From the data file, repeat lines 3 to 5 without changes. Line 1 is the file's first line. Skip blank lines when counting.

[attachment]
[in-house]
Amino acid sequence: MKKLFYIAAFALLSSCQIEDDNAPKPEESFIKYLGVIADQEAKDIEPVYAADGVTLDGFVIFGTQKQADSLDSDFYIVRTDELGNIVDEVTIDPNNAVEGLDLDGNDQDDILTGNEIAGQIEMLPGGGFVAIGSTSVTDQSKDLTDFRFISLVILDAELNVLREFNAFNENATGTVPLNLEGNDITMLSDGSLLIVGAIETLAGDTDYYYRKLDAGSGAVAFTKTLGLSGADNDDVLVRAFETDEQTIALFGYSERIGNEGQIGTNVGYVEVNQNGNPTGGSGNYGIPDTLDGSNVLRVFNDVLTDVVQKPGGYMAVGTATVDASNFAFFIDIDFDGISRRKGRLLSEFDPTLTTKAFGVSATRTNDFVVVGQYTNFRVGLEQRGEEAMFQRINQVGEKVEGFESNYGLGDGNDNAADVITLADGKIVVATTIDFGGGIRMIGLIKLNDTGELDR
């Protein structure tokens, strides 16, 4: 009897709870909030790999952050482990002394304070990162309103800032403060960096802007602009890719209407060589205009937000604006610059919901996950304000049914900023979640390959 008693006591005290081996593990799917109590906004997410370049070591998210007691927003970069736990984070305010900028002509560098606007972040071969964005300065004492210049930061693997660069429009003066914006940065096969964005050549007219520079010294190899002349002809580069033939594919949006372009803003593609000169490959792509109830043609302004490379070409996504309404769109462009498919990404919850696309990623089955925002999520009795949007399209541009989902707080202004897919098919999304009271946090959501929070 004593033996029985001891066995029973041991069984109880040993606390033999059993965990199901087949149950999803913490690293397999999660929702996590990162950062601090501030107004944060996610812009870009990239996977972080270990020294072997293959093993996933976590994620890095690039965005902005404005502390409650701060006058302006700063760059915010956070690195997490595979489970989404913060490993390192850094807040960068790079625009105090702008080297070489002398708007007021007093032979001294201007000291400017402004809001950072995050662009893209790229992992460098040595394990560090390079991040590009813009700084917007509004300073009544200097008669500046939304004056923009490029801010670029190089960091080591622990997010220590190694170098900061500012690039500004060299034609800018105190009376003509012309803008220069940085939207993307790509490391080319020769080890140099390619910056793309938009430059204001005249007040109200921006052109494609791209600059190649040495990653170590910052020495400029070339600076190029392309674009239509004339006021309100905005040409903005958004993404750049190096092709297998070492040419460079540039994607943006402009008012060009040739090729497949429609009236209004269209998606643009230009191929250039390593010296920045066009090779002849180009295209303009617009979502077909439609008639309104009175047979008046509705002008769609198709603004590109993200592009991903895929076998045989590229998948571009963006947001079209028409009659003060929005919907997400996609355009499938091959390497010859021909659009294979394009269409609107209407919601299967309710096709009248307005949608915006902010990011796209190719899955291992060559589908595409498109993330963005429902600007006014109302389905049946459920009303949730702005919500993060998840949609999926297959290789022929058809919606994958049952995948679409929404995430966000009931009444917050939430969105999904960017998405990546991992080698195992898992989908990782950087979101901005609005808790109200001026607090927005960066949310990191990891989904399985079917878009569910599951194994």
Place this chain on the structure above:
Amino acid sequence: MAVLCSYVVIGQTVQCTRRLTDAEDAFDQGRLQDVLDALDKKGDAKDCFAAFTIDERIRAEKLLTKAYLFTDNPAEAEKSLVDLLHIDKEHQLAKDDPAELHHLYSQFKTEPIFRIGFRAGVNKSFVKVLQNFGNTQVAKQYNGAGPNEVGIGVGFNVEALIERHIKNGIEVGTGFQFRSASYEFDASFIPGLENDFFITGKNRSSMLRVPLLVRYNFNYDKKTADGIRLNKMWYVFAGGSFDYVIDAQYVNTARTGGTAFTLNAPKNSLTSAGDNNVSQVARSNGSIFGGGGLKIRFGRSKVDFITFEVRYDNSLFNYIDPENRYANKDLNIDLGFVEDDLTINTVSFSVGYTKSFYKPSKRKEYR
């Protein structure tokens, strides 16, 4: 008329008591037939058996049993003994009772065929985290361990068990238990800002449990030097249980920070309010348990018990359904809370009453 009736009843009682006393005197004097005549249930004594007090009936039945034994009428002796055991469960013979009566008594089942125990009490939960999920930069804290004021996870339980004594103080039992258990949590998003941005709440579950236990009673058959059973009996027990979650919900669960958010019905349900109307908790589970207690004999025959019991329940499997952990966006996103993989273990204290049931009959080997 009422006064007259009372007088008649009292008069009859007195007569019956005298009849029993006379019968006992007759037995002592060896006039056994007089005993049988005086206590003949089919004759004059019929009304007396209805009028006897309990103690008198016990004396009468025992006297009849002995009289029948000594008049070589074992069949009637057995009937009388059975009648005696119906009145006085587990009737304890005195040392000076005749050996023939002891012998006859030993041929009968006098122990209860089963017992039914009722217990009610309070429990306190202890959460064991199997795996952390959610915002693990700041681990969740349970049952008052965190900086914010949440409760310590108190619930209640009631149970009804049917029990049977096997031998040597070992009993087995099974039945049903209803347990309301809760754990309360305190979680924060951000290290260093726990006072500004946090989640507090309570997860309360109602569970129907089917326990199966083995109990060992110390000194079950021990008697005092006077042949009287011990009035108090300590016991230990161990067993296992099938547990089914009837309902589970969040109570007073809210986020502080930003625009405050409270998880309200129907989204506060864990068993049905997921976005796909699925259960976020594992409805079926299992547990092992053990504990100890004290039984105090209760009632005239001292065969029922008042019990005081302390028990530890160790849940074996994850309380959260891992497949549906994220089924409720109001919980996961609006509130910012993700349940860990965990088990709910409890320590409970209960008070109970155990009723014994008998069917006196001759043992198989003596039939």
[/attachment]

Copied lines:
């Protein structure tokens, strides 16, 4: 009897709870909030790999952050482990002394304070990162309103800032403060960096802007602009890719209407060589205009937000604006610059919901996950304000049914900023979640390959 008693006591005290081996593990799917109590906004997410370049070591998210007691927003970069736990984070305010900028002509560098606007972040071969964005300065004492210049930061693997660069429009003066914006940065096969964005050549007219520079010294190899002349002809580069033939594919949006372009803003593609000169490959792509109830043609302004490379070409996504309404769109462009498919990404919850696309990623089955925002999520009795949007399209541009989902707080202004897919098919999304009271946090959501929070 004593033996029985001891066995029973041991069984109880040993606390033999059993965990199901087949149950999803913490690293397999999660929702996590990162950062601090501030107004944060996610812009870009990239996977972080270990020294072997293959093993996933976590994620890095690039965005902005404005502390409650701060006058302006700063760059915010956070690195997490595979489970989404913060490993390192850094807040960068790079625009105090702008080297070489002398708007007021007093032979001294201007000291400017402004809001950072995050662009893209790229992992460098040595394990560090390079991040590009813009700084917007509004300073009544200097008669500046939304004056923009490029801010670029190089960091080591622990997010220590190694170098900061500012690039500004060299034609800018105190009376003509012309803008220069940085939207993307790509490391080319020769080890140099390619910056793309938009430059204001005249007040109200921006052109494609791209600059190649040495990653170590910052020495400029070339600076190029392309674009239509004339006021309100905005040409903005958004993404750049190096092709297998070492040419460079540039994607943006402009008012060009040739090729497949429609009236209004269209998606643009230009191929250039390593010296920045066009090779002849180009295209303009617009979502077909439609008639309104009175047979008046509705002008769609198709603004590109993200592009991903895929076998045989590229998948571009963006947001079209028409009659003060929005919907997400996609355009499938091959390497010859021909659009294979394009269409609107209407919601299967309710096709009248307005949608915006902010990011796209190719899955291992060559589908595409498109993330963005429902600007006014109302389905049946459920009303949730702005919500993060998840949609999926297959290789022929058809919606994958049952995948679409929404995430966000009931009444917050939430969105999904960017998405990546991992080698195992898992989908990782950087979101901005609005808790109200001026607090927005960066949310990191990891989904399985079917878009569910599951194994």
Place this chain on the structure above:
Amino acid sequence: MAVLCSYVVIGQTVQCTRRLTDAEDAFDQGRLQDVLDALDKKGDAKDCFAAFTIDERIRAEKLLTKAYLFTDNPAEAEKSLVDLLHIDKEHQLAKDDPAELHHLYSQFKTEPIFRIGFRAGVNKSFVKVLQNFGNTQVAKQYNGAGPNEVGIGVGFNVEALIERHIKNGIEVGTGFQFRSASYEFDASFIPGLENDFFITGKNRSSMLRVPLLVRYNFNYDKKTADGIRLNKMWYVFAGGSFDYVIDAQYVNTARTGGTAFTLNAPKNSLTSAGDNNVSQVARSNGSIFGGGGLKIRFGRSKVDFITFEVRYDNSLFNYIDPENRYANKDLNIDLGFVEDDLTINTVSFSVGYTKSFYKPSKRKEYR